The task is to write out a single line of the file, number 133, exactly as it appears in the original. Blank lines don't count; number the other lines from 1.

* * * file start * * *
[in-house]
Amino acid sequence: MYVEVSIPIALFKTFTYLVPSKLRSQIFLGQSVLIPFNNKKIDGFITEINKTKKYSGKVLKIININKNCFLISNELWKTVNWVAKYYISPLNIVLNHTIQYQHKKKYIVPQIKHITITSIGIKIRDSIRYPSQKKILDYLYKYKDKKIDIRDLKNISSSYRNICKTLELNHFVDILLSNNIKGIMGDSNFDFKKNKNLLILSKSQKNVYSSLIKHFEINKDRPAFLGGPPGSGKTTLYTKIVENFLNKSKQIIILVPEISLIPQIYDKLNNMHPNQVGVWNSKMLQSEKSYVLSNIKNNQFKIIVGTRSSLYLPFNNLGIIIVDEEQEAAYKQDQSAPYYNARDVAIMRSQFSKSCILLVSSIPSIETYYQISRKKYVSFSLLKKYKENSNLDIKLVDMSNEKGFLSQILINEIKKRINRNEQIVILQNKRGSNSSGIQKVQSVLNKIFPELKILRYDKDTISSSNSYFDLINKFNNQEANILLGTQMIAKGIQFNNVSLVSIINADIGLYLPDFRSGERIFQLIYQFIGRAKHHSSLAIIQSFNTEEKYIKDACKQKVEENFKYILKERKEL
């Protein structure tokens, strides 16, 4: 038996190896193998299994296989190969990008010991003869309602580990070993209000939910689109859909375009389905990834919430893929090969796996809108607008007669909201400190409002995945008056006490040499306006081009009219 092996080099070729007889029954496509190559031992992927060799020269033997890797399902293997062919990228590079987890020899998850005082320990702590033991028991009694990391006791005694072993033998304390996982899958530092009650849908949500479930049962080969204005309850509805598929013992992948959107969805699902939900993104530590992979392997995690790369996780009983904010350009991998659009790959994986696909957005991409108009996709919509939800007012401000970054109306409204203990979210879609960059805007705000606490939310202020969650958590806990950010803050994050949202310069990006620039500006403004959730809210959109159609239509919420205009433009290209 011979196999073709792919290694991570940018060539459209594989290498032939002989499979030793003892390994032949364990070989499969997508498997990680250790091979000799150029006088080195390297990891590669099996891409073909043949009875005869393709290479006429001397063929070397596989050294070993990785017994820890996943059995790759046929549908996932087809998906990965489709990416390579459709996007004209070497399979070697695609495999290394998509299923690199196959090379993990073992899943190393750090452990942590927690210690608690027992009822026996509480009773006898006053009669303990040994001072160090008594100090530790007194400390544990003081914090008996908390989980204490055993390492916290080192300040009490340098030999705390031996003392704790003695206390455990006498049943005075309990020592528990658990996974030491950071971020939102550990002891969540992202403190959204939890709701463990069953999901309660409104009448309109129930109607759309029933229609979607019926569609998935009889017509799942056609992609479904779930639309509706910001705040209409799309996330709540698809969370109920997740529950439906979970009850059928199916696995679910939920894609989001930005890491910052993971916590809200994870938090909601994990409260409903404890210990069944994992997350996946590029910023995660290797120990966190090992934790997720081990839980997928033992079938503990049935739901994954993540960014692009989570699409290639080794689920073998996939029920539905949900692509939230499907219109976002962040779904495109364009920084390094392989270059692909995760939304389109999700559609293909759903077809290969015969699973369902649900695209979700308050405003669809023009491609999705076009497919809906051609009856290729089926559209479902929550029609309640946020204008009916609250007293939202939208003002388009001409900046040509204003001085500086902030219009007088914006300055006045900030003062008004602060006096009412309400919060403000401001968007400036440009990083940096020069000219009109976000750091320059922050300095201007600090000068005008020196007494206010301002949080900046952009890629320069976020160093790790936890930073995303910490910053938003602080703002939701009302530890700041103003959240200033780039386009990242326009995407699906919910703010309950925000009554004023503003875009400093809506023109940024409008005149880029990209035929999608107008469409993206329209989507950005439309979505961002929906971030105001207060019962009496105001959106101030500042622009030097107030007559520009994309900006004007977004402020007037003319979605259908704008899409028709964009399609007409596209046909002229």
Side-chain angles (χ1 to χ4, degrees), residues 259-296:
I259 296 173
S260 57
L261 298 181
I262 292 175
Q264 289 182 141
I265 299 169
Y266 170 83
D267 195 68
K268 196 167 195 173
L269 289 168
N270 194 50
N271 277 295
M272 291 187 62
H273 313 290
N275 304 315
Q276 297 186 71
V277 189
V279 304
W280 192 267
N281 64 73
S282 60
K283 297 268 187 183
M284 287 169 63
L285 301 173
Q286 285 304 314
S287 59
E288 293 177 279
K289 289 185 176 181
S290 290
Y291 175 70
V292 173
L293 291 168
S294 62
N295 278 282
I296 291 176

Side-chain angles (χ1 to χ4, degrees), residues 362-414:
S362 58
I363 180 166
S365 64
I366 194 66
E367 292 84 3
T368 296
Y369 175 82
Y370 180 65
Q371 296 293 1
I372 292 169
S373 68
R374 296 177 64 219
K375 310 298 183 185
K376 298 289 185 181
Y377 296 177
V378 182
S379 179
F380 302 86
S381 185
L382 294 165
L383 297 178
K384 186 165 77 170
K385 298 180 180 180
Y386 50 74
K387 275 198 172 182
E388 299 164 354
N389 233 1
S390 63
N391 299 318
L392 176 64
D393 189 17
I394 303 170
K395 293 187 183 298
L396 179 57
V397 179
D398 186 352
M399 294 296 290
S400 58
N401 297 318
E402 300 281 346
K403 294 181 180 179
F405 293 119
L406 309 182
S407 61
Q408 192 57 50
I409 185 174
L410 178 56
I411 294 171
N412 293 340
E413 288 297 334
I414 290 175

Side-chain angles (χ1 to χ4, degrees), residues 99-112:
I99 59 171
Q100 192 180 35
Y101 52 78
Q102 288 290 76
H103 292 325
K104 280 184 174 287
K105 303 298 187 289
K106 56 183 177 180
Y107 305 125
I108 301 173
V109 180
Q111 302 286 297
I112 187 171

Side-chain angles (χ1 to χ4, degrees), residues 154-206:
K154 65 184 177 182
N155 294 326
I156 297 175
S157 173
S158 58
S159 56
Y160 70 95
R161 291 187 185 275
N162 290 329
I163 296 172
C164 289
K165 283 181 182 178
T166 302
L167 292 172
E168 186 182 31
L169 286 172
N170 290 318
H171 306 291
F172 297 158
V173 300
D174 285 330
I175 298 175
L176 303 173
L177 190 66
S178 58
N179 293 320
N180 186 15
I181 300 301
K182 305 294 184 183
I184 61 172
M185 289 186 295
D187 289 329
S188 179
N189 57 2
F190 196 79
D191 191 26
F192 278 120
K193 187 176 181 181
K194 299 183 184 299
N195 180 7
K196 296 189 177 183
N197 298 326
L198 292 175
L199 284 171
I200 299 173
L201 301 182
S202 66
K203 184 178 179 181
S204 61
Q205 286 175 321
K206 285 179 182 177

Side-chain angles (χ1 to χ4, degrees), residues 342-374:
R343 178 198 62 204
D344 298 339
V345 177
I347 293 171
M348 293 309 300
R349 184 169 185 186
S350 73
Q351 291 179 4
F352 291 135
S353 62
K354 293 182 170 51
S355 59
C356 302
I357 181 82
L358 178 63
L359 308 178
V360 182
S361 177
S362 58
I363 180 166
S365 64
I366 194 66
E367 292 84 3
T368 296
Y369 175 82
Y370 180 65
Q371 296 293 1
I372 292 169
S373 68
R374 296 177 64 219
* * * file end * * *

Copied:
N180 186 15